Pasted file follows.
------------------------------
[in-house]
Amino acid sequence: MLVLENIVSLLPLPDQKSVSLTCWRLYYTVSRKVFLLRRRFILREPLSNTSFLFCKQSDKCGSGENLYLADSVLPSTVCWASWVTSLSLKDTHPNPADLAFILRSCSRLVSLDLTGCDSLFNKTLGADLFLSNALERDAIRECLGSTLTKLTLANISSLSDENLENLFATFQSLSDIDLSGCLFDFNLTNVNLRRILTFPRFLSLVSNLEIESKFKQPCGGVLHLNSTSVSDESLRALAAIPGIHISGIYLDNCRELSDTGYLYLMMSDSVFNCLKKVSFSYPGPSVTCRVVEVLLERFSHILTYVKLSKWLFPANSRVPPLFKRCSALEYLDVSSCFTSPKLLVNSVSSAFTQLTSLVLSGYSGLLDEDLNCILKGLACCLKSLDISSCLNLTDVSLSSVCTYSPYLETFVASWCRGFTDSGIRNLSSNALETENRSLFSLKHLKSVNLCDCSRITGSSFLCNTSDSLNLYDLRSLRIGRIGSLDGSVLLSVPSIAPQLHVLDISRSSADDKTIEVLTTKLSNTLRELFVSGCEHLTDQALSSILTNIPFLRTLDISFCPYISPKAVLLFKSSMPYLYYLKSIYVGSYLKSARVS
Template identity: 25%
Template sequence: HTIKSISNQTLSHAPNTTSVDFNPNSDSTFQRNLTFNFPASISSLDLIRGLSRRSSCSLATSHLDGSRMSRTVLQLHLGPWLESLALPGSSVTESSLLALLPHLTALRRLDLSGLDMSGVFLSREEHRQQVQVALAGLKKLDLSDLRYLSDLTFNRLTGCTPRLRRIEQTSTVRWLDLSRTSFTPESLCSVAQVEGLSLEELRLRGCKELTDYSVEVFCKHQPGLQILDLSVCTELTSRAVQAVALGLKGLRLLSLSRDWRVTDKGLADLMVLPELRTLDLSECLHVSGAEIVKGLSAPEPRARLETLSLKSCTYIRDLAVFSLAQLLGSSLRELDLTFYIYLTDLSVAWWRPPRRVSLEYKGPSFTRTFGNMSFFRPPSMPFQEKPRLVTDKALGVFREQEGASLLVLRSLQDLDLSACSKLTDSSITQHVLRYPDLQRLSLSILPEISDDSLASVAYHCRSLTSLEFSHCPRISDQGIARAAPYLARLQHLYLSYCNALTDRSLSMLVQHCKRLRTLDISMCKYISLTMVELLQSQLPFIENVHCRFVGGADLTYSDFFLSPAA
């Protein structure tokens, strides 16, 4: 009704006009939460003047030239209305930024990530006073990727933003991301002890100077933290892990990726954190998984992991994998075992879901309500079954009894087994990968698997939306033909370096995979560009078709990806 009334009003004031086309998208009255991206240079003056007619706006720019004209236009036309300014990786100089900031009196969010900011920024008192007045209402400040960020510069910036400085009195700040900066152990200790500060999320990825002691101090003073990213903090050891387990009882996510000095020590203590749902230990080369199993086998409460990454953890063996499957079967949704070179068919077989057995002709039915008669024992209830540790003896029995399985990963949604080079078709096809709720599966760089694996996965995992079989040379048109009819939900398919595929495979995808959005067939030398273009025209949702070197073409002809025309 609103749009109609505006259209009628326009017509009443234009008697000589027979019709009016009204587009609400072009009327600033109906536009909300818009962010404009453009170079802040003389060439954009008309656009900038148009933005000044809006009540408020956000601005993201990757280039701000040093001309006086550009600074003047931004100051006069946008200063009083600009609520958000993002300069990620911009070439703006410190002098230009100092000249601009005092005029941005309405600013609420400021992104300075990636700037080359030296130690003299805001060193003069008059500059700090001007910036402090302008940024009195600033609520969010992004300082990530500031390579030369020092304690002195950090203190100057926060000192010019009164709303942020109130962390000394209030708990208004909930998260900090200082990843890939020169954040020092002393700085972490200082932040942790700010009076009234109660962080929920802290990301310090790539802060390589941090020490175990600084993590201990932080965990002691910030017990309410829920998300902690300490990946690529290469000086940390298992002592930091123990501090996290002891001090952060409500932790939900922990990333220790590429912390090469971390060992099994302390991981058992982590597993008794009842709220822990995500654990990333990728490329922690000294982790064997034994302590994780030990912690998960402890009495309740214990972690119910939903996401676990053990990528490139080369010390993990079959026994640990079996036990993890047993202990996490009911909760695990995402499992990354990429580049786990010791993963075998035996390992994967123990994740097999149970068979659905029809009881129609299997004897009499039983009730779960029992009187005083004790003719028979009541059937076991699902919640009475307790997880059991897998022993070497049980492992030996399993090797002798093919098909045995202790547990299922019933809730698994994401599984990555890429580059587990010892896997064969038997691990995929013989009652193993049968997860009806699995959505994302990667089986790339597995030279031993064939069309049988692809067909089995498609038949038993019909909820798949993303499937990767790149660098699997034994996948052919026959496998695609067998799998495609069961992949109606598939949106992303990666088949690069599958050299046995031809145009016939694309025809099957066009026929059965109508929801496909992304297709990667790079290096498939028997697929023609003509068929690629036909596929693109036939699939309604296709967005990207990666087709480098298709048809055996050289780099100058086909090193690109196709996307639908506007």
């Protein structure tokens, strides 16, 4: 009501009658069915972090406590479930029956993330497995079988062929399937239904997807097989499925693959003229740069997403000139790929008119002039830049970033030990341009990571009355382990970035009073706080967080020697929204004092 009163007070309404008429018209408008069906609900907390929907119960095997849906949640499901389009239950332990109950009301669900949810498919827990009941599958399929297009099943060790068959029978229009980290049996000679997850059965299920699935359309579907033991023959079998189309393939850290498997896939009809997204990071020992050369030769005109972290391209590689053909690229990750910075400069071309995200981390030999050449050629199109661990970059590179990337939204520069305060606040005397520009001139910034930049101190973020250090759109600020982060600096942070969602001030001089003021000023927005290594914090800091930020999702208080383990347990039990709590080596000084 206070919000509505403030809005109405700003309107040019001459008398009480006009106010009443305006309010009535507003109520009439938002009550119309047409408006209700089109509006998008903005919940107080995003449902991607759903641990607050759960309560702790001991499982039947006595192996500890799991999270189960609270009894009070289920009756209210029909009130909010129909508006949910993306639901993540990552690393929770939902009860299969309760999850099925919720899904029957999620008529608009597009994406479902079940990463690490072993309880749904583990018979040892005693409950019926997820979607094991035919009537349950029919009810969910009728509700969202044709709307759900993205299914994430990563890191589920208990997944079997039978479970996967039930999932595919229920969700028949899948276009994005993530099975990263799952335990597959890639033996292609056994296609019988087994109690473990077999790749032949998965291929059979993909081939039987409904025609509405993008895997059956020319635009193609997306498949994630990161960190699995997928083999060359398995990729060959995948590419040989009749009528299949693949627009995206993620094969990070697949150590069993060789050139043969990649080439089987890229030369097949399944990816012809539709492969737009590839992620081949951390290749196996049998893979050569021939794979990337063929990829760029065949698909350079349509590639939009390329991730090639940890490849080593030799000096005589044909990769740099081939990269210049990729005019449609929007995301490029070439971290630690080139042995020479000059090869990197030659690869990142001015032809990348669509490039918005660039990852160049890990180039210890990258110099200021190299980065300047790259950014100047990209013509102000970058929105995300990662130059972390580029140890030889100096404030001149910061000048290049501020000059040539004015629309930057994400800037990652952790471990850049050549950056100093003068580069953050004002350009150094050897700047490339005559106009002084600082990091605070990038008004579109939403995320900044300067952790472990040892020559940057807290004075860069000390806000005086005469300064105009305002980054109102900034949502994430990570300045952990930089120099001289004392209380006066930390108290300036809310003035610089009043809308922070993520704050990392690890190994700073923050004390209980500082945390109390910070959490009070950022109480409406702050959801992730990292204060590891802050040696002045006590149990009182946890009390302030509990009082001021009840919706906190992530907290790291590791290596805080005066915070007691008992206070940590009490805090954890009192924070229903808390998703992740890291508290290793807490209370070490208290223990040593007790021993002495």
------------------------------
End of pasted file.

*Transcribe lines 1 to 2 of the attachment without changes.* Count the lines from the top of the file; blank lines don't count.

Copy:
[in-house]
Amino acid sequence: MLVLENIVSLLPLPDQKSVSLTCWRLYYTVSRKVFLLRRRFILREPLSNTSFLFCKQSDKCGSGENLYLADSVLPSTVCWASWVTSLSLKDTHPNPADLAFILRSCSRLVSLDLTGCDSLFNKTLGADLFLSNALERDAIRECLGSTLTKLTLANISSLSDENLENLFATFQSLSDIDLSGCLFDFNLTNVNLRRILTFPRFLSLVSNLEIESKFKQPCGGVLHLNSTSVSDESLRALAAIPGIHISGIYLDNCRELSDTGYLYLMMSDSVFNCLKKVSFSYPGPSVTCRVVEVLLERFSHILTYVKLSKWLFPANSRVPPLFKRCSALEYLDVSSCFTSPKLLVNSVSSAFTQLTSLVLSGYSGLLDEDLNCILKGLACCLKSLDISSCLNLTDVSLSSVCTYSPYLETFVASWCRGFTDSGIRNLSSNALETENRSLFSLKHLKSVNLCDCSRITGSSFLCNTSDSLNLYDLRSLRIGRIGSLDGSVLLSVPSIAPQLHVLDISRSSADDKTIEVLTTKLSNTLRELFVSGCEHLTDQALSSILTNIPFLRTLDISFCPYISPKAVLLFKSSMPYLYYLKSIYVGSYLKSARVS